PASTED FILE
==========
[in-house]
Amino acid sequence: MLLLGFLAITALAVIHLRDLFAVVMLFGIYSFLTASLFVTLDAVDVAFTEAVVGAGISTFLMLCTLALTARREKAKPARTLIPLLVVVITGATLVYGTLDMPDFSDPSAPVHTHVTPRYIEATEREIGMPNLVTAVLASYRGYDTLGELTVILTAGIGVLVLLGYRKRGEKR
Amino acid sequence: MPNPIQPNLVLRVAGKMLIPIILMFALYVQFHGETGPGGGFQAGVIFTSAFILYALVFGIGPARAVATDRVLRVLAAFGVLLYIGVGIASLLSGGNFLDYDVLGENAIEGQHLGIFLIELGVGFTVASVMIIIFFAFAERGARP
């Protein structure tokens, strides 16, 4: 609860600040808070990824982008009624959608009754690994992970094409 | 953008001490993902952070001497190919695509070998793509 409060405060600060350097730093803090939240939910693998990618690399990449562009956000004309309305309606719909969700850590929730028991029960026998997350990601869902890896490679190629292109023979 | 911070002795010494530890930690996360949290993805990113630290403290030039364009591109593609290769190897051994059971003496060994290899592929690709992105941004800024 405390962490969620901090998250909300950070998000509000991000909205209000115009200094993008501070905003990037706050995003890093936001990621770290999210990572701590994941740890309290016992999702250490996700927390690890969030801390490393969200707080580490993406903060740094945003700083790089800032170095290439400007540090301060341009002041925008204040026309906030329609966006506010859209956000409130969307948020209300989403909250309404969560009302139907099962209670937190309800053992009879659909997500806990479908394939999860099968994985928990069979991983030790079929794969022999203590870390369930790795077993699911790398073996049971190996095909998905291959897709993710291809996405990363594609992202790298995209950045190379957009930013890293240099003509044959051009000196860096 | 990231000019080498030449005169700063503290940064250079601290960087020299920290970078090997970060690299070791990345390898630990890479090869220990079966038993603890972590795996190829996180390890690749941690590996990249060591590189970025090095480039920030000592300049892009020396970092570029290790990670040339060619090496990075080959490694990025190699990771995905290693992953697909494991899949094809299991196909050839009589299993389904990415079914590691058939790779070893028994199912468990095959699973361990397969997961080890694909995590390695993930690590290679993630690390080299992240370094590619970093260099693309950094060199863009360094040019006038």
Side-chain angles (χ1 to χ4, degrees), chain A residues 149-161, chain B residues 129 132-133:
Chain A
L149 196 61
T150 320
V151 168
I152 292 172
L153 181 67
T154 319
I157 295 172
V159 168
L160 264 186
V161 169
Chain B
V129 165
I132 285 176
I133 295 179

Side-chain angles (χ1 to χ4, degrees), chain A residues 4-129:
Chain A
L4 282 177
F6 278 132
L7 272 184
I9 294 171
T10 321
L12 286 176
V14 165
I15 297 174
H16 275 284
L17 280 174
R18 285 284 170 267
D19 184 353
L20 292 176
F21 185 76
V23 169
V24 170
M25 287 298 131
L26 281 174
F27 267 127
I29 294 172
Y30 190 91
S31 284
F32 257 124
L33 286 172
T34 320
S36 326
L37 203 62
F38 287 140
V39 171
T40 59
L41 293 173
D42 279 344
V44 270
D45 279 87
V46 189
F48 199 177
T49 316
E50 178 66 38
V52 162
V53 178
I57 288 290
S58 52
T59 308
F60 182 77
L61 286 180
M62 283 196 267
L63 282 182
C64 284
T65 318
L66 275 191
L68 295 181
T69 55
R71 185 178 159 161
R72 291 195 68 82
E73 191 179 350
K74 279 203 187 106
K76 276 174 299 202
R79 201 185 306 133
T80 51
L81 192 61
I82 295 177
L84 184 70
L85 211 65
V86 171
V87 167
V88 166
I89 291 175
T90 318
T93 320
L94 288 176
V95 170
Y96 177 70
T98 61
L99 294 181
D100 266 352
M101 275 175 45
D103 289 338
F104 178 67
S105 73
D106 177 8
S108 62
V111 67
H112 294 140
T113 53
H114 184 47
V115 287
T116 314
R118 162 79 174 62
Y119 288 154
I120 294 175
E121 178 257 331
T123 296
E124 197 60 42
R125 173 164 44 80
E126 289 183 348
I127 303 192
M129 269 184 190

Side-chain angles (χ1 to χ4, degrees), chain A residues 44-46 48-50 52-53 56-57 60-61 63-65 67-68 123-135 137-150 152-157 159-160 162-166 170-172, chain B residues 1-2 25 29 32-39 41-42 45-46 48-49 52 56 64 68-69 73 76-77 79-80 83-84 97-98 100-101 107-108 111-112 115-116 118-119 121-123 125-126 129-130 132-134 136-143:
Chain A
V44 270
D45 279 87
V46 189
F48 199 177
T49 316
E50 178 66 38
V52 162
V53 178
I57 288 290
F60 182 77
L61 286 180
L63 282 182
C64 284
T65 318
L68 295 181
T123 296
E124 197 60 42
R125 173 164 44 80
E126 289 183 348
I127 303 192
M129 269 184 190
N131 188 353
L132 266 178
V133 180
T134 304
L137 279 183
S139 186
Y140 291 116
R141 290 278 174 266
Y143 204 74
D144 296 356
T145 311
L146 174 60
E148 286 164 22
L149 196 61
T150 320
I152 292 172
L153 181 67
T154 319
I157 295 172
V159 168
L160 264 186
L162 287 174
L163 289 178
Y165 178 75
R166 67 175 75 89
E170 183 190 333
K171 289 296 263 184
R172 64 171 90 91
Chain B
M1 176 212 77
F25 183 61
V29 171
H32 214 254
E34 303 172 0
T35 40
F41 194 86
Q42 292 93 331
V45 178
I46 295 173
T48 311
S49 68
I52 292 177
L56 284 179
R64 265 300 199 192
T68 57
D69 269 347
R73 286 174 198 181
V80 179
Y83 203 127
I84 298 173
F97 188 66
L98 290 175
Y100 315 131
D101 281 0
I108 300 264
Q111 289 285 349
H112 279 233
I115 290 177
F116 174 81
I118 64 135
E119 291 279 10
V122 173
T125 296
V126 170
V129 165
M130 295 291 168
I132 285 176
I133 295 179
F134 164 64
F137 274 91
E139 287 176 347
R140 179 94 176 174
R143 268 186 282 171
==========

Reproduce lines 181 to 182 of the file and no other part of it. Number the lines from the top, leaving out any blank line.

I46 295 173
T48 311